Despite extensive searches over a number of years, Lowell found no trace of a ninth planet. He passed away in 1916, but in his will he left one million dollars both to his observatory and to the search for Planet X. After a decade of legal complications regarding that contentious aspect to his will, a new telescope was commissioned at Flagstaff in 1927 specifically for the task of finding Planet X. A young and enthusiastic amateur astronomer called Clyde Tombaugh (Figure 1) was hired to conduct the new search, which he did with dedication and precision. Starting in 1929, Tombaugh systematically took thousands of photographic plates of the night sky along the Ecliptic (the path around the sky along which the Sun, Moon and planets appear to move). He used a device called a blink comparator with which he could flick back and forth between any two photographic plates taken of the same patch of sky on different nights, examining them by eye to see if any object, such as a new planet, could be identified in different locations on each plate as it traversed the sky. Within one year, on February 18th 1930, Tombaugh spotted a new world moving among the background stars across two photographic plates he had taken on January 23rd and January 29th that year (Figure 2).
Calculations quickly revealed the orbit of the new world to be beyond that of Neptune, while early estimates also suggested it might be as large as Earth (best estimates ranged between 0.1 and 0.9 Earth masses). And so it seemed that Planet X had been found, and was given the name Pluto – named in a competition by an eleven year old girl from Oxford called Venetia Burnley (1918-2009); though some claim it was named Pluto because the first two letters in the name are the initials of Percival Lowell!
Tombaugh lived from 1906 to 1997, and it was a pleasure to see him being interviewed by Sir. Patrick Moore on the BBC’s The Sky at Night in the 1980’s, where he described, in the most humble of terms, the extensive effort involved in discovering Pluto.
It is surely fitting that a container attached to New Horizons spacecraft due to pass by Pluto on July 14th carries a small amount of Clyde Tombaugh’s ashes. The inscription on the container reads “Interned herein are remains of American Clyde W. Tombaugh, discoverer of Pluto and the Solar System’s ‘third zone’ Adelle and Muron’s boy, Patricia’s husband, Annette and Alden’s father, astronomer, teacher, punster, and friend: Clyde W. Tombaugh (1906-1997).”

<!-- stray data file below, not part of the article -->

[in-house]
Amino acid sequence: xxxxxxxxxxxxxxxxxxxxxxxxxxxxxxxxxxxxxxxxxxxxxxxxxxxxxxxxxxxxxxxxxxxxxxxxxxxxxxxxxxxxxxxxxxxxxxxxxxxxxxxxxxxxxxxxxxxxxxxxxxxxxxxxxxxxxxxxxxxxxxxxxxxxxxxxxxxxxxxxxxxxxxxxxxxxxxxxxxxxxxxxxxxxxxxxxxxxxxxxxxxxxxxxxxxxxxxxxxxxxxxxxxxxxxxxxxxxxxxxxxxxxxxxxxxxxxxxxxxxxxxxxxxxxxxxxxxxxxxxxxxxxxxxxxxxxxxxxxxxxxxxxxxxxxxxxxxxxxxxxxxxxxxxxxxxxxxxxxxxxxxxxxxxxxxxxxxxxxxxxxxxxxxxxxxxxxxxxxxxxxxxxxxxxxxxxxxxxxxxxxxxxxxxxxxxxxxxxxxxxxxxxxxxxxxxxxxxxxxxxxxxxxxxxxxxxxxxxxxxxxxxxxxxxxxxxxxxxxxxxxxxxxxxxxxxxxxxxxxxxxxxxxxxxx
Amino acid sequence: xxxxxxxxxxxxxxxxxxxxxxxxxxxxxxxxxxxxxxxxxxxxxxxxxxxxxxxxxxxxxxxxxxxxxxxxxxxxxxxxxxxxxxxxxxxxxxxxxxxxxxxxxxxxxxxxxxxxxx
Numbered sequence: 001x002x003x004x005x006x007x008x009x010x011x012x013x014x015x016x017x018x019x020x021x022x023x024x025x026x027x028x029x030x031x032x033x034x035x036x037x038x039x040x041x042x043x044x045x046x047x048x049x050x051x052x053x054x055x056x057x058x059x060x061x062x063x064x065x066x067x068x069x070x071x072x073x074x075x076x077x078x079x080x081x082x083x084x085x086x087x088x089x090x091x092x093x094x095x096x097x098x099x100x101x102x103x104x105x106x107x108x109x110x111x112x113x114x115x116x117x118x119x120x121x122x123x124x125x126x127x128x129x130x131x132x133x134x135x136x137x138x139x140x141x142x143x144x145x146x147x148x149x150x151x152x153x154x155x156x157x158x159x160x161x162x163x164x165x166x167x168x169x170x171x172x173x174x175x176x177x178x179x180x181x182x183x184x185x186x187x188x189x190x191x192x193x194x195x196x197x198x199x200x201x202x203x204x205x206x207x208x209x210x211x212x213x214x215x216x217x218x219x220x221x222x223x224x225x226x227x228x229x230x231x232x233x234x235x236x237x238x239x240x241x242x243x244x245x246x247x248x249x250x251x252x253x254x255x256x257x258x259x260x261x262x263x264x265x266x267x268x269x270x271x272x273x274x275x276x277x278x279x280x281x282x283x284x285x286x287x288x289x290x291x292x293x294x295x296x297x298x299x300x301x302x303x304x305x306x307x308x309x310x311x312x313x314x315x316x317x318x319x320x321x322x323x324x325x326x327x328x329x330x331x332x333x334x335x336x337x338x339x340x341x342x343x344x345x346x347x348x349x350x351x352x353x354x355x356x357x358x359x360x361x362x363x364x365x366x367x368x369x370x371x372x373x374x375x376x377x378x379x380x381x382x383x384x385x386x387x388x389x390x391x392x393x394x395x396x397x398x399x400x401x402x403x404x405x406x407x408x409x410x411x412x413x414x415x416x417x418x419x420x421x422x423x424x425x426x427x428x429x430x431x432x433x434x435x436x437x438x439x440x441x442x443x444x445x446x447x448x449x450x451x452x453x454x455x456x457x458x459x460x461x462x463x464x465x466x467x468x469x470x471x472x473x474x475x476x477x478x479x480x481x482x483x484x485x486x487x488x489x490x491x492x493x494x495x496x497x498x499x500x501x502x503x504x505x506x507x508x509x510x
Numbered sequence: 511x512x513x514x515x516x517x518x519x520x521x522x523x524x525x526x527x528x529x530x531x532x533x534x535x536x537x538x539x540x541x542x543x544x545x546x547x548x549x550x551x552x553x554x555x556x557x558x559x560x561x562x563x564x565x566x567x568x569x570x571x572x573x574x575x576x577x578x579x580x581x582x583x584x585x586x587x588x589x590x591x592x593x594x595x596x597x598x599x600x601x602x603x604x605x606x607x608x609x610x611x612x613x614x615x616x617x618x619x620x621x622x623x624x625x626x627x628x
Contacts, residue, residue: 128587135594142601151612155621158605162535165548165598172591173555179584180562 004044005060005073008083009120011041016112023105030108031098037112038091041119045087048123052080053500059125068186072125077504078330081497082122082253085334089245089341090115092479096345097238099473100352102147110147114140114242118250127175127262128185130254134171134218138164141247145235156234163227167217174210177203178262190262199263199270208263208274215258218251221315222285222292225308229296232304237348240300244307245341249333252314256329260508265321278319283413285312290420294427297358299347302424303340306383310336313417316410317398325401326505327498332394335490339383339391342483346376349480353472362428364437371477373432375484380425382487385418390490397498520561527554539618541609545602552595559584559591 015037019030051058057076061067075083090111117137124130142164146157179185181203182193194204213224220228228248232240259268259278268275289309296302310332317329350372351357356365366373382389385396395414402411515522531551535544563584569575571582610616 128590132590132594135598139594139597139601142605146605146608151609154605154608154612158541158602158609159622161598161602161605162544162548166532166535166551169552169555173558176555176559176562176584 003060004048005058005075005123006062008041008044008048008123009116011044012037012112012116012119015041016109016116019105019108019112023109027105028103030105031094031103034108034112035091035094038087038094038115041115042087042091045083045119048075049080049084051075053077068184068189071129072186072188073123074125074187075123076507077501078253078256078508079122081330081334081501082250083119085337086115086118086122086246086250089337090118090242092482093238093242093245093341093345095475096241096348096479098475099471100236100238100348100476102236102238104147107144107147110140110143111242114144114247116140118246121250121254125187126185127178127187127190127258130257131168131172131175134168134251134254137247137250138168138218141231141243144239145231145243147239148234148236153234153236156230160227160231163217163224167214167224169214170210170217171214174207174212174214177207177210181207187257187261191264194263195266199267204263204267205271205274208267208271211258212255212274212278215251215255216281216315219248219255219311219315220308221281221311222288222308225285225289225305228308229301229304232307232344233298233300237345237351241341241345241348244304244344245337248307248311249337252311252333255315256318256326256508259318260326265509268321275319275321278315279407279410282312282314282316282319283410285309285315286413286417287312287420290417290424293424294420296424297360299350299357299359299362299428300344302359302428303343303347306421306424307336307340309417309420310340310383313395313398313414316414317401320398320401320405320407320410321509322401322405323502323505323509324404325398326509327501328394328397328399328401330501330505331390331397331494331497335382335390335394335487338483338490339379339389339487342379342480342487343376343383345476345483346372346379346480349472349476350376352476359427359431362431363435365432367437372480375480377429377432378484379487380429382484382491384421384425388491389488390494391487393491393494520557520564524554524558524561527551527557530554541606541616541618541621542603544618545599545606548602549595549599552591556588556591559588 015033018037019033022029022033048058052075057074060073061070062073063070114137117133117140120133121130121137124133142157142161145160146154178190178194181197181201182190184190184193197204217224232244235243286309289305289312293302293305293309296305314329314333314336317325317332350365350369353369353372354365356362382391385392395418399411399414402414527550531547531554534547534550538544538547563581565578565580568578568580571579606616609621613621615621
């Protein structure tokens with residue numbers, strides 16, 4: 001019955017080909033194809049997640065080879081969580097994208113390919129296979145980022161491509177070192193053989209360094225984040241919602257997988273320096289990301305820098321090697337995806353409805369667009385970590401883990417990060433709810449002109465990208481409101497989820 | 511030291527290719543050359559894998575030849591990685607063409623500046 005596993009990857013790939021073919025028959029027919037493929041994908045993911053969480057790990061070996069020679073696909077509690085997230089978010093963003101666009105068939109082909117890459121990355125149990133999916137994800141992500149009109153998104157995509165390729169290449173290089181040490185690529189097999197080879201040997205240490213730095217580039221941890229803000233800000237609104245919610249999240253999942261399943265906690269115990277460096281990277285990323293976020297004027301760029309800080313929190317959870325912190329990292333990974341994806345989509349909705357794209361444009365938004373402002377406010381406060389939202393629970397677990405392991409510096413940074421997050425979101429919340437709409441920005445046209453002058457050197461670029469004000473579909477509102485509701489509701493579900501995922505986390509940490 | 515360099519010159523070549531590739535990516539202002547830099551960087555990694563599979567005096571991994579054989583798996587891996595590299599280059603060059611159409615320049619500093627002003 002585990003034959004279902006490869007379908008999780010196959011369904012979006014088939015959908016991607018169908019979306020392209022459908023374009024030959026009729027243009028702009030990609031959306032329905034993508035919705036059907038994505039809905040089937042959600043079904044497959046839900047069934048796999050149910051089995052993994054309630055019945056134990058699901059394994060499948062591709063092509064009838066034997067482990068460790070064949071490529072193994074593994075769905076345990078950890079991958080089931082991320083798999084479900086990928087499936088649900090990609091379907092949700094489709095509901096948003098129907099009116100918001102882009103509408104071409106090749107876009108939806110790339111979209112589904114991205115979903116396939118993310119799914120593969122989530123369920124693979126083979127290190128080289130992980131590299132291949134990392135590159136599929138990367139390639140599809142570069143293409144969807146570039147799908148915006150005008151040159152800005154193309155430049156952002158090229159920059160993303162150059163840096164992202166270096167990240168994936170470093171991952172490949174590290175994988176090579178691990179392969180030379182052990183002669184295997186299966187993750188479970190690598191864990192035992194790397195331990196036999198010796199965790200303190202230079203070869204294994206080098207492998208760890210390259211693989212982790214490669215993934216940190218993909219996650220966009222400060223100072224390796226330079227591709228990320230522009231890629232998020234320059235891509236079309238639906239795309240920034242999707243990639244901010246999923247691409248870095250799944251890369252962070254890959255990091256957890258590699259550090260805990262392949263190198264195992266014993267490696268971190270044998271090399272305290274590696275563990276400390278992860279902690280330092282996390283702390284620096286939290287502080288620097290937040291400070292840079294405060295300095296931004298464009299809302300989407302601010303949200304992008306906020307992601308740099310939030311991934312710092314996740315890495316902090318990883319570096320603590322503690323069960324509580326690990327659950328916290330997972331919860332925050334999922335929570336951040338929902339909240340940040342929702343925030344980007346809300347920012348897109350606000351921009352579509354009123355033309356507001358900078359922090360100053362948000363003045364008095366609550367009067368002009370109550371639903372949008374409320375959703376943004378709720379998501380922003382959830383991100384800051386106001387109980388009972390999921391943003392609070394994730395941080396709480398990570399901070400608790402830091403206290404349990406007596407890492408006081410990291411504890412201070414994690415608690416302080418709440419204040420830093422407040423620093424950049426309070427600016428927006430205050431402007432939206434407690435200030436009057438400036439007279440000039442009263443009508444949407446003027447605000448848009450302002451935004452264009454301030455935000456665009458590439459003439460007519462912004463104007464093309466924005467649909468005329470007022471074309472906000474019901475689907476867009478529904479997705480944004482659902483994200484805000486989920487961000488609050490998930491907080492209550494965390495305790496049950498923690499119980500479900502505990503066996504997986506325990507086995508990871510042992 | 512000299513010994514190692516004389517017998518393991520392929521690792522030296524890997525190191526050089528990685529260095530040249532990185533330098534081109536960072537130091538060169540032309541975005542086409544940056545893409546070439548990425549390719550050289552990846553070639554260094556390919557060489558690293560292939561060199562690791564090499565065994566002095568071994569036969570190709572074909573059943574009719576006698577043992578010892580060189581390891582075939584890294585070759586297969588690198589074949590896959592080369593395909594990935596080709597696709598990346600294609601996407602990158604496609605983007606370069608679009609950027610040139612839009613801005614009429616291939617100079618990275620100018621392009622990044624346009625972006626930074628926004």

And in that description – the mention of a “third zone” of The Solar System – lies the pointer to the continuation of the story of The Planet Pluto and why we are visiting it now. In 1978 it was discovered that Pluto had a moon, given the name Charon, the discovery of which finally allowed for an accurate determination of the size and mass of Pluto. It was found that Pluto was far smaller than previously thought, with a diameter of about 2500 kilometres and a mass far less than that of Earth (now known to be only 1/500th that of Earth). If there was a Planet X influencing the orbit of Neptune, Pluto wasn’t it. While some searches were conducted to find a tenth planet (a true “Planet X”) between 1978 and 1992, improved measurements of Neptune’s mass, by virtue of the Voyager 2 spacecraft passing Neptune in 1989, all but eliminated the need for any corrections to its orbit or for the need for a Planet X beyond Pluto.
The Discovery of The Kuiper Belt
But the more recent searches were not made in vein. Firstly, the 1978 and subsequent measurements of the Pluto-Charon system revealed Charon to be quite large, with a diameter of about 1200 km and orbiting at only a distance of about 20,000km from Pluto; making this an intriguing system of two small planet-like objects perfectly synchronized in their movements through gravitational resonance (also known as tidal locking). Both Pluto and Charon orbit about their common orbital barycentre (centre of mass, a point residing in space about one thousand kilometres beyond Pluto’s surface) every 6.4 Earth days; while a ‘day’ on each world is also 6.4 Earth-days long, with each world therefore only ever showing one face to the other, in much the same way that our Moon only shows one face to Earth.